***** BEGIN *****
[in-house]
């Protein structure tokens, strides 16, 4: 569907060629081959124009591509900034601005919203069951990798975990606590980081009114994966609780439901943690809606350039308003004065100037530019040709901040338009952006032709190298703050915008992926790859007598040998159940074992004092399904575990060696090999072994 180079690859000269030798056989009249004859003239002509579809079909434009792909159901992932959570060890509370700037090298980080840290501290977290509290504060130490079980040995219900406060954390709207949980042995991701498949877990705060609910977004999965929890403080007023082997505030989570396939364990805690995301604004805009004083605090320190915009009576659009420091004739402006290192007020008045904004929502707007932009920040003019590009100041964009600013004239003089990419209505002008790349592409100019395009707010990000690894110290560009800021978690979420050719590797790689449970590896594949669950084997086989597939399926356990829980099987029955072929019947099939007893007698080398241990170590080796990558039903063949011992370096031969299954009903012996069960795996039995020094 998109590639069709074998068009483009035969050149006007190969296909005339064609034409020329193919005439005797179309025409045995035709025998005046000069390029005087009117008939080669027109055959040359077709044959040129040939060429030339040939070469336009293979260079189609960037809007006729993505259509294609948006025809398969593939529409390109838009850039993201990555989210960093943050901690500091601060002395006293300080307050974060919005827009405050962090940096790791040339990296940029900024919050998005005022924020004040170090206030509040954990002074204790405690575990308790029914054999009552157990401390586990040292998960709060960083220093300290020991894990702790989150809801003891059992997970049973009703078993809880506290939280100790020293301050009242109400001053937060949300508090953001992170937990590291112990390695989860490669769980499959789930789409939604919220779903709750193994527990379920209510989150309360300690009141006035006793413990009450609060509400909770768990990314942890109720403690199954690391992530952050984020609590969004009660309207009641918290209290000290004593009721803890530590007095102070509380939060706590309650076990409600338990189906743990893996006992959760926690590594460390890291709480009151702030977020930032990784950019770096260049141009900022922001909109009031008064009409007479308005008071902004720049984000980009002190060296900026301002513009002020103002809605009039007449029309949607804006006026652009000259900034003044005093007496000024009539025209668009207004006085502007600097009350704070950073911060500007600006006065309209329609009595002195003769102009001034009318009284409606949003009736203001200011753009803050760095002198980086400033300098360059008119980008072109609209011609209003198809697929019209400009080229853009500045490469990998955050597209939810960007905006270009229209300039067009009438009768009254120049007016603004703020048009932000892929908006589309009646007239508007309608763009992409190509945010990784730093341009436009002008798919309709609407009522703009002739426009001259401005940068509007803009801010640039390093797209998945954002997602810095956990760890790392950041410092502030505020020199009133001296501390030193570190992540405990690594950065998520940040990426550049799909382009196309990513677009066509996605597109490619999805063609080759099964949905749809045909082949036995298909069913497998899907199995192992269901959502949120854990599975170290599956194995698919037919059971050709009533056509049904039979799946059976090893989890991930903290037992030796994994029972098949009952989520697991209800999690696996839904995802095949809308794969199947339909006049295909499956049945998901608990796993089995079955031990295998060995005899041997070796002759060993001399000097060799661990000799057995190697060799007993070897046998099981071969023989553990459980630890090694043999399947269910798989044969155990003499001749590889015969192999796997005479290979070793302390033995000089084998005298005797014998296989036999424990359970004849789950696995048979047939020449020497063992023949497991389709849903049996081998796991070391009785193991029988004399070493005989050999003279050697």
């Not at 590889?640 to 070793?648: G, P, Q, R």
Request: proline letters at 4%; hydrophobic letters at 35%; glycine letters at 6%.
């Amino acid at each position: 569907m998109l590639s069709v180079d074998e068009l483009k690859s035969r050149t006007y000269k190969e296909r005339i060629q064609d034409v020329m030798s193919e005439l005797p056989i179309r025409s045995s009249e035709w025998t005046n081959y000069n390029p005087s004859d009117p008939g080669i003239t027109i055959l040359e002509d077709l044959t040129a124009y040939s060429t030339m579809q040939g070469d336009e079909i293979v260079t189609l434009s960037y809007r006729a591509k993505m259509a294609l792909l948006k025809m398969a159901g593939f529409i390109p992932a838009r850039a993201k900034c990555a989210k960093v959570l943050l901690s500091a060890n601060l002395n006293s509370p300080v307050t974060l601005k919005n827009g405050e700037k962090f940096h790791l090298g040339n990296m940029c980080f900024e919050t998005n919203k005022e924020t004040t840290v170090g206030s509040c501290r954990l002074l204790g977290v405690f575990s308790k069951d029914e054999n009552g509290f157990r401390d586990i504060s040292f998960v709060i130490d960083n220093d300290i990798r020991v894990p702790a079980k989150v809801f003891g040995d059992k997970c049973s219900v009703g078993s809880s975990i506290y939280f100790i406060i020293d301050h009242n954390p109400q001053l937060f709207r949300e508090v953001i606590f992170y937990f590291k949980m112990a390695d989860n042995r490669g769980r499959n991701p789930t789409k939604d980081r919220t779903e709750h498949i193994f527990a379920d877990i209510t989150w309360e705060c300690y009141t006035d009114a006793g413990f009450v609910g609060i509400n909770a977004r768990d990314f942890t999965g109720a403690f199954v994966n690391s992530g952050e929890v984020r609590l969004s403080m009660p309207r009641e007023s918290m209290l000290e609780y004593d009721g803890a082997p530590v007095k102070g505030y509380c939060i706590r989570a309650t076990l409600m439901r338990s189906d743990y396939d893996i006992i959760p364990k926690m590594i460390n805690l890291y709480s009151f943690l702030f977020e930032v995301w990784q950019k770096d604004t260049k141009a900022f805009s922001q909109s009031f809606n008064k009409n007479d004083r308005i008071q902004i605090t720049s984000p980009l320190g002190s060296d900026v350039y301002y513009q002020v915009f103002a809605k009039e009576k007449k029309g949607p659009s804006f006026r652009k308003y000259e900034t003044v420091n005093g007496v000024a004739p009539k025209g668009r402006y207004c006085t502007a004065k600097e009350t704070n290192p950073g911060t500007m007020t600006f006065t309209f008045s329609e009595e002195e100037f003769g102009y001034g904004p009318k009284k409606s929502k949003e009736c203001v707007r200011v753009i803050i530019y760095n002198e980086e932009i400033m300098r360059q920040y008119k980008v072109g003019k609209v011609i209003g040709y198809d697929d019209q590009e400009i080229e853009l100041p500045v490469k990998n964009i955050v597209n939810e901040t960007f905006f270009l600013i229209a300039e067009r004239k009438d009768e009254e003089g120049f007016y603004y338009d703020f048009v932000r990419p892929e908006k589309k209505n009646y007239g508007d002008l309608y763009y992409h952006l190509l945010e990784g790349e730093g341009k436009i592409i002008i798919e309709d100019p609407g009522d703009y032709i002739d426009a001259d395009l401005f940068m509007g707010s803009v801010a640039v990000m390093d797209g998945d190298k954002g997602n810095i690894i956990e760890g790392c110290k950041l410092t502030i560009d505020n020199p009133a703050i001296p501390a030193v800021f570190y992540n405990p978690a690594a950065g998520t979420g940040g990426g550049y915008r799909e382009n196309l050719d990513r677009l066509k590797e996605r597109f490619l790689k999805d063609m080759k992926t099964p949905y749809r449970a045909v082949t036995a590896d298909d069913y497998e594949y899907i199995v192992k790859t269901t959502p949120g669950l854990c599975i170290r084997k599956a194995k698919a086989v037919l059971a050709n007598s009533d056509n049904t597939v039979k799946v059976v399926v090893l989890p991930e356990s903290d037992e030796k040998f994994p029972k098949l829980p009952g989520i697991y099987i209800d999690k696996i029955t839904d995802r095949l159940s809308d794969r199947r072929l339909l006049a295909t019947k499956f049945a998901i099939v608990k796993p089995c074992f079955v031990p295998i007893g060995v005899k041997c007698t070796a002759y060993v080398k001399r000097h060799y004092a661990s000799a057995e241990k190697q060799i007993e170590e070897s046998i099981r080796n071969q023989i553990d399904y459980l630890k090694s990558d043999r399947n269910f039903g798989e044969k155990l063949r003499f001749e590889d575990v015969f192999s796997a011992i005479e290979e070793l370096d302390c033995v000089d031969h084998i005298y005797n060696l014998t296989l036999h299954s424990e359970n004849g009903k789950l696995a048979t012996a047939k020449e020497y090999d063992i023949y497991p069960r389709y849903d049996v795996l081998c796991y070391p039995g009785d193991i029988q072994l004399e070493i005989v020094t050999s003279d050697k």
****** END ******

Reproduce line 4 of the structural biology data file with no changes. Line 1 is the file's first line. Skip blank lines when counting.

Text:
Request: proline letters at 4%; hydrophobic letters at 35%; glycine letters at 6%.